5 Women Sue Boy Scouts Over 1970s Montana Sex Abuse

By MATT VOLZ | September 9, 2011

Five women who were sexually abused by a scout leader in the 1970s when they were children in a Montana co-ed program sued the Boy Scouts of America on Wednesday, saying the organization should be held responsible for the man’s actions.

The women, who are now in their 50s, say William H. Leininger Jr. repeatedly raped or molested them under the pretense of demonstrating first-aid techniques in the Explorer Scouts program when they were between the ages of 11 and 15.

“They were raped by their scout leader ostensibly when he was supposed to be helping them with their merit badges,” plaintiffs’ attorney Gilion Dumas said in a news conference announcing the lawsuit.

Leininger was convicted in 1976 of abusing the five girls and a sixth who is not involved in the lawsuit. He was convicted again in 1982 of another charge of sexual intercourse without consent, according to Montana Department of Corrections records. Leininger died in prison in 2002 at age 80.

The women’s lawsuit was filed in Cascade County District Court by Dumas and Kelly Clark, who are both from Oregon, and Missoula attorney Matthew Thiel. Clark and Dumas have represented abuse victims in past lawsuits against the Boy Scouts in Oregon, Alaska and Idaho, including a trial last year in which a Portland, Ore., jury ordered the Boy Scouts to pay $18.5 million to a former Scout who suffered sexual abuse as a child.

That Portland case served as a memory trigger for one of the Montana victims, which led to this new lawsuit, Clark said.

The attorneys said the women only discovered over the past year the direct connection between their abuse at the hands of Leininger and the physical, mental and emotional damage they suffer today, which includes personal relationship problems, depression, anxiety disorders and substance abuse. They are charging the Boy Scouts of America and the scouts’ Montana Council with sexual battery, infliction of emotional distress, negligence, fraud and malice.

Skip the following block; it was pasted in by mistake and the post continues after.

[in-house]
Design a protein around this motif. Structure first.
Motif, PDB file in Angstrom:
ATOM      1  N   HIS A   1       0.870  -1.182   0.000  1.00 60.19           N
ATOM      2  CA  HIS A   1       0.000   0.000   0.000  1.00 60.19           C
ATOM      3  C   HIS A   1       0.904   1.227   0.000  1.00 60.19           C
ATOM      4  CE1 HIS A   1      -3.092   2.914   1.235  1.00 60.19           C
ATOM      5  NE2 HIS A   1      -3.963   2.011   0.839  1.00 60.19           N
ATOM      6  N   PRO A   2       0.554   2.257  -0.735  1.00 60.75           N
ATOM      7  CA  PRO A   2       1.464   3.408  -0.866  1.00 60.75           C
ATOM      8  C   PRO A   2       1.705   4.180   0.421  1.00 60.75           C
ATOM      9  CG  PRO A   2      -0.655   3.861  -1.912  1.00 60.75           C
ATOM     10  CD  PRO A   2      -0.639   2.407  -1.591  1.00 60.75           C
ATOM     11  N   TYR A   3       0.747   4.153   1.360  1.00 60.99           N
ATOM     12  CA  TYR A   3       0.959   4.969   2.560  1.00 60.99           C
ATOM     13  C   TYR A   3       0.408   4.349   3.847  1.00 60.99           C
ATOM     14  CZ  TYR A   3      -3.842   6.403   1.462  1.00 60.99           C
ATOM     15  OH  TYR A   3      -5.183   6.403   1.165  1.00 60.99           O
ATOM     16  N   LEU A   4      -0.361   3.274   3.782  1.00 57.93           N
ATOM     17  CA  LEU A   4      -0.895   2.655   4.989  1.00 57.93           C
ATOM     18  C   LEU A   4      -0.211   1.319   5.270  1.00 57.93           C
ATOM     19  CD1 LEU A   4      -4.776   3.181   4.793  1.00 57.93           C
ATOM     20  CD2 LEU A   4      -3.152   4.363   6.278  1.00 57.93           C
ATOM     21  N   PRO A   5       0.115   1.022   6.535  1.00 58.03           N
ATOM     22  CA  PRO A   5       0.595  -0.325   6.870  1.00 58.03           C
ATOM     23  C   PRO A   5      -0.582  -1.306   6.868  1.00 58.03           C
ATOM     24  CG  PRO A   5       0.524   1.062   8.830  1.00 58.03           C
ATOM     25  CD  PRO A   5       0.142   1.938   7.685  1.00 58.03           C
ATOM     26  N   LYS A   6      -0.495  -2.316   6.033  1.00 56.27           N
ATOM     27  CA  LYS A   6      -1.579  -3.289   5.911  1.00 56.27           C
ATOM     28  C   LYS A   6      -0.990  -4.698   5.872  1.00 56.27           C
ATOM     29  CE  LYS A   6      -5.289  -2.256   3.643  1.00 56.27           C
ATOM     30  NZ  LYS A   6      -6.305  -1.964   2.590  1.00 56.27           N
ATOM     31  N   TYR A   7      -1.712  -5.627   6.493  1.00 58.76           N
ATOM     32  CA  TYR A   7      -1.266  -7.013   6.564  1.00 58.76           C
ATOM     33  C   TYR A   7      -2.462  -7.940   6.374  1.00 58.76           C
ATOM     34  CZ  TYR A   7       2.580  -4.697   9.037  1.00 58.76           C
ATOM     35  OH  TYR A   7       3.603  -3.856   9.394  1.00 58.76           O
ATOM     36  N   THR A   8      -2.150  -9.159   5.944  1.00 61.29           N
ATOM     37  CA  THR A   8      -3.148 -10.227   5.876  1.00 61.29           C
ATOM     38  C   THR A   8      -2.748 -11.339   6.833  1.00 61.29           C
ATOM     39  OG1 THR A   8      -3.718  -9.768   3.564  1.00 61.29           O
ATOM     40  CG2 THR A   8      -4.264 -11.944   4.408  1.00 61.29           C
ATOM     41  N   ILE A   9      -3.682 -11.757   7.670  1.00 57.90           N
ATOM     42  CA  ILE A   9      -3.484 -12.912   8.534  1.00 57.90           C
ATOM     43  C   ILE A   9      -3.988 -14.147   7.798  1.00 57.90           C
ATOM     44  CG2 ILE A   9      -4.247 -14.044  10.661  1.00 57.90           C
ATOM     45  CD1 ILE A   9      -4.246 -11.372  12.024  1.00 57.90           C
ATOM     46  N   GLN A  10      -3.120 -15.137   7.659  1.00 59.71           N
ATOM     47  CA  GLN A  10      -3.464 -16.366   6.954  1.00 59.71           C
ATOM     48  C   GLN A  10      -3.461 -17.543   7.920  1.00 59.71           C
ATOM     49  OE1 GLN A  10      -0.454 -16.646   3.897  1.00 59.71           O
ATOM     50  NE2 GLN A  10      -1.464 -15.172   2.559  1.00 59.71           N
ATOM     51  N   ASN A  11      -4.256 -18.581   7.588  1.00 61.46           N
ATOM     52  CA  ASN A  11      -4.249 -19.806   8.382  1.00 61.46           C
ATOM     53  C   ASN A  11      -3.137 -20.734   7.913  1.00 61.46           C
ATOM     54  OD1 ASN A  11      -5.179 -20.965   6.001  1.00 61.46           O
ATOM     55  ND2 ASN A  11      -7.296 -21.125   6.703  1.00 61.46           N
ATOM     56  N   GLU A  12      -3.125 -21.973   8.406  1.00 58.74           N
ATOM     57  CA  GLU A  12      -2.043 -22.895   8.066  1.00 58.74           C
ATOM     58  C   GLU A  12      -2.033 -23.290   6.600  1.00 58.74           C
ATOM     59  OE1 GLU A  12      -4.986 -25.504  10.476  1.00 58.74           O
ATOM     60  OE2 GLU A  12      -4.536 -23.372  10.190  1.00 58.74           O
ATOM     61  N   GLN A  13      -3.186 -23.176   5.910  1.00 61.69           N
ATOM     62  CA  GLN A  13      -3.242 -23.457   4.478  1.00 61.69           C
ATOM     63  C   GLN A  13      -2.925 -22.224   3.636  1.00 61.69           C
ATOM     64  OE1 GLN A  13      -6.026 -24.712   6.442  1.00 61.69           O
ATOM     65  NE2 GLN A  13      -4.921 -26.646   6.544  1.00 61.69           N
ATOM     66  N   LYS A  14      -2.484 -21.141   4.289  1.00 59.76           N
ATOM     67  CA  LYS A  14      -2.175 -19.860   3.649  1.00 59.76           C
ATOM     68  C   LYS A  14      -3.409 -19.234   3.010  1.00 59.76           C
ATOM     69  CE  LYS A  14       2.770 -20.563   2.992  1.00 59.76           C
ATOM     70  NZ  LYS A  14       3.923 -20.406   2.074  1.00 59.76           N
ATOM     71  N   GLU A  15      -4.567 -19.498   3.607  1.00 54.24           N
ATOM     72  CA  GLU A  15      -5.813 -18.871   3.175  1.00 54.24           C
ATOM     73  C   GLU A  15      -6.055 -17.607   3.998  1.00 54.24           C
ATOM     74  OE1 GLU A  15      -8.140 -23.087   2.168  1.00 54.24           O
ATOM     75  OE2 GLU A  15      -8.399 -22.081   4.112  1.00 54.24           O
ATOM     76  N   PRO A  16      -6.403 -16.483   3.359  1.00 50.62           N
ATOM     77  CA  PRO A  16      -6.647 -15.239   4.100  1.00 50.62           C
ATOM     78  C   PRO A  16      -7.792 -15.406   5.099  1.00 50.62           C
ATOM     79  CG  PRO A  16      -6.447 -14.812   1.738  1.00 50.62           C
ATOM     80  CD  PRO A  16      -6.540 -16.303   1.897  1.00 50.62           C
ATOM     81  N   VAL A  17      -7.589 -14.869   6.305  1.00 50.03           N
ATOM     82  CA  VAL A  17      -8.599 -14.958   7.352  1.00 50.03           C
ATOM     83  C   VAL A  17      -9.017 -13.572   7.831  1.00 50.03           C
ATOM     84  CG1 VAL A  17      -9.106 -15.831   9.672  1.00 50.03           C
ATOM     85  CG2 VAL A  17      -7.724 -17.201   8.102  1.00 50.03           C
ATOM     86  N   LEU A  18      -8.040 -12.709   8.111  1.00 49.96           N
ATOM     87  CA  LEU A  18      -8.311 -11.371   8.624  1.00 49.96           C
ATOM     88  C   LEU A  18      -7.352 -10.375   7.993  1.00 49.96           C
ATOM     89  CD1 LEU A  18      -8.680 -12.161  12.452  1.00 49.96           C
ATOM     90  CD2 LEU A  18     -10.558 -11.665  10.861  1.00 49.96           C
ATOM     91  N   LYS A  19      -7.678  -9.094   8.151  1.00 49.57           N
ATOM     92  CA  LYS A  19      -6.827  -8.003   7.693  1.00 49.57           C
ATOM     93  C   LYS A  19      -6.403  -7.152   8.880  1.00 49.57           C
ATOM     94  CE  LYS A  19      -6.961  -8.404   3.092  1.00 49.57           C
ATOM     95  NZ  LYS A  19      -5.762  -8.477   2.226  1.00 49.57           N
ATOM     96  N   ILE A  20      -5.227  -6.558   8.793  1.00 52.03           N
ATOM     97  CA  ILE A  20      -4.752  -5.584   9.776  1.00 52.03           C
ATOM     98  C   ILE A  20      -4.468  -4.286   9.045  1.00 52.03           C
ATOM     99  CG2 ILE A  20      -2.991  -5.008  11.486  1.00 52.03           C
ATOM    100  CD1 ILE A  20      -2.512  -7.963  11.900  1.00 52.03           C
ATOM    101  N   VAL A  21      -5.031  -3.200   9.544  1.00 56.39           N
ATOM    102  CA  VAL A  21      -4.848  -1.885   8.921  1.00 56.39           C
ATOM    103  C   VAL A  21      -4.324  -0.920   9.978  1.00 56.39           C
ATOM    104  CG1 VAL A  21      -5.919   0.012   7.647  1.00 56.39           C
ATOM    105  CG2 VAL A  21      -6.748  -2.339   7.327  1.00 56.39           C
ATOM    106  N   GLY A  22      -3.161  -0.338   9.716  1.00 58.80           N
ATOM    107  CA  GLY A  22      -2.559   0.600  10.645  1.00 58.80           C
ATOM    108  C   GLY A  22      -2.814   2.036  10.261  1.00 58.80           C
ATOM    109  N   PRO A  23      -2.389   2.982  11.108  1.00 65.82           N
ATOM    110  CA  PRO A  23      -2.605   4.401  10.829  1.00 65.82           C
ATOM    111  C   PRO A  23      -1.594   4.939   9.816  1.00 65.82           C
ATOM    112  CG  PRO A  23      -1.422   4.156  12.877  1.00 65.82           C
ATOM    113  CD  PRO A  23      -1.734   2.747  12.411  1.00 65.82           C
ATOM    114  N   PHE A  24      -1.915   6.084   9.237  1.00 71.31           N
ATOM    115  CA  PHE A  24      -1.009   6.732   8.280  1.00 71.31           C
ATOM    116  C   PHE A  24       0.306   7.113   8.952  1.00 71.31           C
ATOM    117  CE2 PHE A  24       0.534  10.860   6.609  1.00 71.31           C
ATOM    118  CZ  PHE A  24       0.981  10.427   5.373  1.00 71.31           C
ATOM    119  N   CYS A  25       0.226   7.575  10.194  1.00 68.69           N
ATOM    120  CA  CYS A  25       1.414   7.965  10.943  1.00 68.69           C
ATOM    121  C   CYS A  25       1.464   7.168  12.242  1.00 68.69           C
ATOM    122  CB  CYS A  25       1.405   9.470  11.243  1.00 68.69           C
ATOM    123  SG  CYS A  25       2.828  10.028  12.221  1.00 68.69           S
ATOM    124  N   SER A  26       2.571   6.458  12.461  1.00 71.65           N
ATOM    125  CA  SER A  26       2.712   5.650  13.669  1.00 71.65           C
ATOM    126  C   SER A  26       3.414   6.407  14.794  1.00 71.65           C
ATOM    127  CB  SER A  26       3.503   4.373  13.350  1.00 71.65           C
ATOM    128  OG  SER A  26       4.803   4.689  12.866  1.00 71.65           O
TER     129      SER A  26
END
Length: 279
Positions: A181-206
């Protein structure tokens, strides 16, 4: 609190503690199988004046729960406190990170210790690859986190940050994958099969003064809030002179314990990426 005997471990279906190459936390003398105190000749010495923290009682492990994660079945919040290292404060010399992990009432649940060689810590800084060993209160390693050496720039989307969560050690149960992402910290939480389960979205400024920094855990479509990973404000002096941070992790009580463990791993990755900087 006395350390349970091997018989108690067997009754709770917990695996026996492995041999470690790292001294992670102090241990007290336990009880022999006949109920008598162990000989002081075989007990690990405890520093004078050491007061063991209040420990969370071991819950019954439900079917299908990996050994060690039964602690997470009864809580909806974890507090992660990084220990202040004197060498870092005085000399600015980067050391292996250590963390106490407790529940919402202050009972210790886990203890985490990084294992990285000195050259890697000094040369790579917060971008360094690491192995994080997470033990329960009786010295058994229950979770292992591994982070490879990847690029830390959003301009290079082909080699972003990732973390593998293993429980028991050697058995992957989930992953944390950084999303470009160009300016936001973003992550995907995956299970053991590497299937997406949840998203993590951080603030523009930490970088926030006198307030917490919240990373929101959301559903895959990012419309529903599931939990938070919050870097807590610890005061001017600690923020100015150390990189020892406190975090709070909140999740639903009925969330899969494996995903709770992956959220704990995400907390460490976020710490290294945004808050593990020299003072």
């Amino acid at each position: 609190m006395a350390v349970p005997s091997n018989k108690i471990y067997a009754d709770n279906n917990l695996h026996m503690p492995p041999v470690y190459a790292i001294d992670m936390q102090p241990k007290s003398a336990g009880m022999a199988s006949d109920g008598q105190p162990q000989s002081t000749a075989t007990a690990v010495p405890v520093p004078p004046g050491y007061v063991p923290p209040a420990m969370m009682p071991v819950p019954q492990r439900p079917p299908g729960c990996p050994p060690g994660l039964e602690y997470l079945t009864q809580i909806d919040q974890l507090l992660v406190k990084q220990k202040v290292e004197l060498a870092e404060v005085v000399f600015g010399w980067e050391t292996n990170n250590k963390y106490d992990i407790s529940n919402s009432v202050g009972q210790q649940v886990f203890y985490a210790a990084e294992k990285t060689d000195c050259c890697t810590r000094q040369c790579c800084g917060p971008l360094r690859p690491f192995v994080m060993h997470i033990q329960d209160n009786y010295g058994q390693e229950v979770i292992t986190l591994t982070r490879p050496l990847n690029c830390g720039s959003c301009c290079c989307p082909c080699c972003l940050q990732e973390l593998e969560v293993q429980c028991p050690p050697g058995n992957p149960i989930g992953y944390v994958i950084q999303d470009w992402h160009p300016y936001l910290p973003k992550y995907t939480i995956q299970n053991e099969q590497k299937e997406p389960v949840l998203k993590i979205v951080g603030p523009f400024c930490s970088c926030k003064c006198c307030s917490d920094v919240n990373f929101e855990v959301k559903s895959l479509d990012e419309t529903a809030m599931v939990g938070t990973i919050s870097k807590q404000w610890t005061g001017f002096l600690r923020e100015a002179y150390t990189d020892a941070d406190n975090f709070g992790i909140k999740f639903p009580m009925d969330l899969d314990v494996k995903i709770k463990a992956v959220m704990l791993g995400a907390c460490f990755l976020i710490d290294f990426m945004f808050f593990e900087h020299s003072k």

They are asking a judge to award them unspecified monetary damages. Clark said he will trust a jury to decide an appropriate award.

Gordon Rubard, executive director of the Boy Scouts’ Montana Council, which is headquartered in Great Falls, said he could not comment on the specifics of the lawsuit because he had not seen it. But, he said, the safety and health of Boy Scouts members are the organization’s top priorities and any individual suspected of abuse is immediately banned from scouting.

“The abuse of anyone, and particularly children, is abhorrent and intolerable – especially to the Boy Scouts of America, for whom the protection and safety of youth is of paramount importance,” Rubard said in a statement.

The women say the abuse started in 1974. In each case, Leininger told the child to remove her clothing so he could demonstrate first-aid bandaging techniques, according to the lawsuit. He then molested and raped each one, and continued to do so for months after that under the pretext of demonstrating the techniques, the document says.

The abuse went on in some cases for a year to 18 months, sometimes on scouting trips in the Northwest and other times in facilities hosting Explorer Scouts functions, according to the lawsuit. It ended and Leininger was arrested after the sixth girl, the one not involved in the lawsuit, told her parents.

Leininger was the head of one of the first Explorer Scout posts after the Boy Scouts opened to girls the program meant to provide training as a bridge to a career or vocation, attorneys for the plaintiffs said. Leininger also was a board member on the scouts’ Montana Council and a Boy Scouts district chairman.

The women say in the lawsuit that the Boy Scouts and the scouts’ Montana Council failed to properly train and supervise Leininger, and even gave him their highest adult award, the Silver Beaver.

The organization should have known Leininger was a risk and it should have warned the parents of the children of that risk, the lawsuit claims. There had been enough instances of sexual molestation at the hands of scout leaders by then that the organization should have foreseen Leininger’s sexual abuse, the plaintiffs’ attorneys said.

Two of the women still live in Montana, while the other three live in Oregon, Illinois and Alaska. They are identified in the lawsuit only by their initials.

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